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In the next three weeks, two of the city’s largest developers will unveil new plans for rebuilding the station, moving Madison Square Garden, replacing the Hotel Pennsylvania, and erecting a pair of skyscrapers, one of which would be taller than the Empire State Building, over the site of the existing station.
The Street Wizard of Copenhagen is coming to New York. That's a big deal, and great news for bicyclists and pedestrians: Danish planner Jan Gehl made his name by formulating little fixes — a plaza here, a planter there — that vastly improved pedestrian life in his home city and others from Milan to Dublin. New Transportation commissioner Janette Sadik-Khan, along with Planning commissioner Amanda Burden, took a field trip to meet him last month, and she told us last night that she's hiring him for Big Apple projects. Sadik-Khan won't say yet what he'll be working on in New York, but his firm, Gehl Architects, studies street use and designs ways to encourage it — so we suspect Department of Transportation leaders want him to make local landmarks more pleasant for walking, biking, or waiting for the light to change. Maybe he'll unchoke the Times Square bow tie, for instance, or propose ways to cross Brooklyn's Grand Army Plaza in less than 30 minutes. Presumably he's open to suggestion. —Alec Appelbaum Earlier: What Does Socialite/Planner Amanda Burden Do on Vacation?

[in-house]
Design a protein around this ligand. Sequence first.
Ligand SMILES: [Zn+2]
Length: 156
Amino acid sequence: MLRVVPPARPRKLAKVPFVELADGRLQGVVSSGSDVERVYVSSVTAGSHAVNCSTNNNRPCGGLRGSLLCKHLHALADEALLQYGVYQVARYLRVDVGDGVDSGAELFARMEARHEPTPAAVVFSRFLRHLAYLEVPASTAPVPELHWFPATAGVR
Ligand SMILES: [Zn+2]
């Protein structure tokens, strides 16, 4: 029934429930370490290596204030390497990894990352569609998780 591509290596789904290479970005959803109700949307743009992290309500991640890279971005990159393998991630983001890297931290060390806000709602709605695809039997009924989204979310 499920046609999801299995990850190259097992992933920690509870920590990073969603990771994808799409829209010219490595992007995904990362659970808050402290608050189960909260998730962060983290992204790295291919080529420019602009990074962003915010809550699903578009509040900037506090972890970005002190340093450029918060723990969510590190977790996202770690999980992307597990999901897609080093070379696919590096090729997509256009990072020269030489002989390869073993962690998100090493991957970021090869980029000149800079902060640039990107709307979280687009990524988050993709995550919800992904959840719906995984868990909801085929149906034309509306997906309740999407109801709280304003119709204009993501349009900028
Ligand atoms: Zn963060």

That sound you just heard is the last huff of Soho's industrial grit. With unceremonious filings last night, the city cleared the Trump Organization to build a 41-story tower on one of Soho's last scraps of industrial land. The Trump Soho project calls itself a "condo-hotel," a taxonomy that lets its developer build what some might call a residential tower in a manufacturing zone without special permits. The Greenwich Village Society for Historical Preservation calls it a precedent for sneaking other condos into other manufacturing zones around town, distorting property values and sundering urban character. For months, GVSHP has urged city agencies to drag the project through a public zoning review to air its potential neighborliness. But on April 26, the development team promised to let shareholders use the units for a maximum of 120 days a year (and for only 29 of every 36 days). Now, GVSHP chief Andrew Berman tells us: "This is a case of the city not enforcing its own laws, and that makes them vulnerable to a lawsuit." Does that mean he's threatening one? —Alec Appelbaum
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